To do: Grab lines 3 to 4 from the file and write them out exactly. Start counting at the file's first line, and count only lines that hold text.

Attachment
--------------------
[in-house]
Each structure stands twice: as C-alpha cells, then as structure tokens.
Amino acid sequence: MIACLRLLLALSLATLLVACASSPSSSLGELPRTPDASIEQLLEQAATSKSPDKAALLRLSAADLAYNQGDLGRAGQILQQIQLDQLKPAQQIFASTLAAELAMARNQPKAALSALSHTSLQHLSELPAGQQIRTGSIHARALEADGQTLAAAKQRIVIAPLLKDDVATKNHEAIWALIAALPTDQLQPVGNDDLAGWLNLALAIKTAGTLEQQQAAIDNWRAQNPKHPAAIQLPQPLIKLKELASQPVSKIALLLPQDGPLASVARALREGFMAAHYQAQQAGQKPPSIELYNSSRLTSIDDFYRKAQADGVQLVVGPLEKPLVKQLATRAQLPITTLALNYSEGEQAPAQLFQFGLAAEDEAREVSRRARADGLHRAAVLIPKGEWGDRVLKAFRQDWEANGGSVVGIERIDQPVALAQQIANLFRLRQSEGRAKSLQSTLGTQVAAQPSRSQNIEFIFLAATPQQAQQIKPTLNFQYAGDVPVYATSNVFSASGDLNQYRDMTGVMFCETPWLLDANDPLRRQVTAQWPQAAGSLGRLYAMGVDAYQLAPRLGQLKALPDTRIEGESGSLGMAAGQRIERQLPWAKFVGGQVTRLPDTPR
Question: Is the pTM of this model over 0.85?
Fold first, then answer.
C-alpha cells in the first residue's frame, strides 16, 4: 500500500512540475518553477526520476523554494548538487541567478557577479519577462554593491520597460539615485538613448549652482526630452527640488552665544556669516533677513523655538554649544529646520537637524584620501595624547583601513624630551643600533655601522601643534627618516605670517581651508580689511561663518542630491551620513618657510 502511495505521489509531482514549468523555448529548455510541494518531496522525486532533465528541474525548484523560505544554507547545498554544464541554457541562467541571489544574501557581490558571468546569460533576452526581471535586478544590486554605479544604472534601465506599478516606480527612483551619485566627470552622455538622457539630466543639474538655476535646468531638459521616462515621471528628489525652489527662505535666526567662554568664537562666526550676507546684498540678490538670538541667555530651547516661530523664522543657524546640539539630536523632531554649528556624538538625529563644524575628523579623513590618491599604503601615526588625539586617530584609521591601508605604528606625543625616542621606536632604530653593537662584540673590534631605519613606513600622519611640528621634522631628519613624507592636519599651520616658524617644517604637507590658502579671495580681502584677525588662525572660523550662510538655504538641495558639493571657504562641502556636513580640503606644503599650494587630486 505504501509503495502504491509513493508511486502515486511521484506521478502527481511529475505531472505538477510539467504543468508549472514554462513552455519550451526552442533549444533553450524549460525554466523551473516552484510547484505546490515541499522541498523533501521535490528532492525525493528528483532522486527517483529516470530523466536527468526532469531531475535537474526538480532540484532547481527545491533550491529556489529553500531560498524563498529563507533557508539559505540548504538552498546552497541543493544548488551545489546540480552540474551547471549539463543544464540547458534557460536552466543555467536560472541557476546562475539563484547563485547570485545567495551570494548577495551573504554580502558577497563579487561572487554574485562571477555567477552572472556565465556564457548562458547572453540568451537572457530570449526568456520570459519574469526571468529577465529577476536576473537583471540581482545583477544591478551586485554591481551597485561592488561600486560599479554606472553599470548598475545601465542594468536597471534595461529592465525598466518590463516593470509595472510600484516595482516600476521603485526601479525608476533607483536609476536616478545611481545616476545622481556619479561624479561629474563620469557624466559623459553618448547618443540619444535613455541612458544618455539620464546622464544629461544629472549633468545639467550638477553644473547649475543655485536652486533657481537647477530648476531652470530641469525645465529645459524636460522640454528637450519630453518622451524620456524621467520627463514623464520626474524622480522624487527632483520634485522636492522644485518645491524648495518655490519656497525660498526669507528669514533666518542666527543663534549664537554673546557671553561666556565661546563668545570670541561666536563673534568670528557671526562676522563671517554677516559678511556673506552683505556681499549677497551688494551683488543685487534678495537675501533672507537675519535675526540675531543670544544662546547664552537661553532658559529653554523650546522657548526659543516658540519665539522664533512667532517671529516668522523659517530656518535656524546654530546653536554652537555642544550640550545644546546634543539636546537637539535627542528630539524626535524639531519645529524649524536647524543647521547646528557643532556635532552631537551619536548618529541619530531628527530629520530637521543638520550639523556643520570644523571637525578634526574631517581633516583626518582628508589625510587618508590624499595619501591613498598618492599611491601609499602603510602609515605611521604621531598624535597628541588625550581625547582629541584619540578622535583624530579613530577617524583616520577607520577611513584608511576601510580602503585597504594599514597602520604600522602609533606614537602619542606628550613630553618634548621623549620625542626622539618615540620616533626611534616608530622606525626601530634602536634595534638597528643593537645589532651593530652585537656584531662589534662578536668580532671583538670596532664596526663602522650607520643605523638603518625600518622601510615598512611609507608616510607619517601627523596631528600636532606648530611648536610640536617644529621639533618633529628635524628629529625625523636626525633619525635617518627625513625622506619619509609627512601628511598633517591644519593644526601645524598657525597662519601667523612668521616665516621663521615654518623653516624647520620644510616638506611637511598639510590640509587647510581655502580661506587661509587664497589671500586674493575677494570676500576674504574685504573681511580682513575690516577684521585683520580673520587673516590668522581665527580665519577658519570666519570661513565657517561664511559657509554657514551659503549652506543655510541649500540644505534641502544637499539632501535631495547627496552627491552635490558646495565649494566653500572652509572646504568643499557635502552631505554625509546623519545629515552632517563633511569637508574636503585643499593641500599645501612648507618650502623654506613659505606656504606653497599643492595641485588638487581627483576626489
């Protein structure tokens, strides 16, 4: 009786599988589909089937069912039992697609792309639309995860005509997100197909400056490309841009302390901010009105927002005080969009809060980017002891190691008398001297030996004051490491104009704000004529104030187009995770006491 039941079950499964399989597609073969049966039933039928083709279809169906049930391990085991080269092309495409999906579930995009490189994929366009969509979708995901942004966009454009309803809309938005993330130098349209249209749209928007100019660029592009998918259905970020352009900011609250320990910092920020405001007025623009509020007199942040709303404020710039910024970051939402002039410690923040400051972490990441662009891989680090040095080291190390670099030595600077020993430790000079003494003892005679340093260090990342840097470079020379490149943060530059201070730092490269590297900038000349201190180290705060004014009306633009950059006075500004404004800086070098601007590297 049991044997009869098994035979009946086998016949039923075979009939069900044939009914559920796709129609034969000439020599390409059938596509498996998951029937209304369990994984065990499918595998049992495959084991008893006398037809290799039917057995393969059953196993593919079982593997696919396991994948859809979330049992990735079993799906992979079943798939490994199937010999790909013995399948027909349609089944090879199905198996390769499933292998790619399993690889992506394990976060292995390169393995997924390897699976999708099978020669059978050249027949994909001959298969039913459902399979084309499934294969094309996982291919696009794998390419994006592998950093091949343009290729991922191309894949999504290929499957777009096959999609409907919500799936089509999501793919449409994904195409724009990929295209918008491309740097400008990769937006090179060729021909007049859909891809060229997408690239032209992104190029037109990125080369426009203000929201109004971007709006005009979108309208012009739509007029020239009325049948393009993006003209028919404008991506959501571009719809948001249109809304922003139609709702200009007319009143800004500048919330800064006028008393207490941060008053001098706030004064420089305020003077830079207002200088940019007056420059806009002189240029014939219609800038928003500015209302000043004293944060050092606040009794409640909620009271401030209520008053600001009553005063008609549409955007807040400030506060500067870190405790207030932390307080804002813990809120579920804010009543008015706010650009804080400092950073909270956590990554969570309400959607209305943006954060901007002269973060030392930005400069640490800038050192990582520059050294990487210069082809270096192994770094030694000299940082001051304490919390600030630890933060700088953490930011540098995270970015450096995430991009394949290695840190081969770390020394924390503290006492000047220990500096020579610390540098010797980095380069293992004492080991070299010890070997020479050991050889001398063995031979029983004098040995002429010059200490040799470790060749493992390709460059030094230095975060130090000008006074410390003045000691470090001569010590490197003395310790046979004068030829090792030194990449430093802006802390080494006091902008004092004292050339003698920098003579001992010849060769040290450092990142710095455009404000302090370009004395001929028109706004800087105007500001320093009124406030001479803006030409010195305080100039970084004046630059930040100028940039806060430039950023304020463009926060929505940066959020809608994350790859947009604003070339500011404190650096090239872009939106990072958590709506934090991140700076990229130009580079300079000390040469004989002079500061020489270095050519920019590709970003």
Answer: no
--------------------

Amino acid sequence: MIACLRLLLALSLATLLVACASSPSSSLGELPRTPDASIEQLLEQAATSKSPDKAALLRLSAADLAYNQGDLGRAGQILQQIQLDQLKPAQQIFASTLAAELAMARNQPKAALSALSHTSLQHLSELPAGQQIRTGSIHARALEADGQTLAAAKQRIVIAPLLKDDVATKNHEAIWALIAALPTDQLQPVGNDDLAGWLNLALAIKTAGTLEQQQAAIDNWRAQNPKHPAAIQLPQPLIKLKELASQPVSKIALLLPQDGPLASVARALREGFMAAHYQAQQAGQKPPSIELYNSSRLTSIDDFYRKAQADGVQLVVGPLEKPLVKQLATRAQLPITTLALNYSEGEQAPAQLFQFGLAAEDEAREVSRRARADGLHRAAVLIPKGEWGDRVLKAFRQDWEANGGSVVGIERIDQPVALAQQIANLFRLRQSEGRAKSLQSTLGTQVAAQPSRSQNIEFIFLAATPQQAQQIKPTLNFQYAGDVPVYATSNVFSASGDLNQYRDMTGVMFCETPWLLDANDPLRRQVTAQWPQAAGSLGRLYAMGVDAYQLAPRLGQLKALPDTRIEGESGSLGMAAGQRIERQLPWAKFVGGQVTRLPDTPR
Question: Is the pTM of this model over 0.85?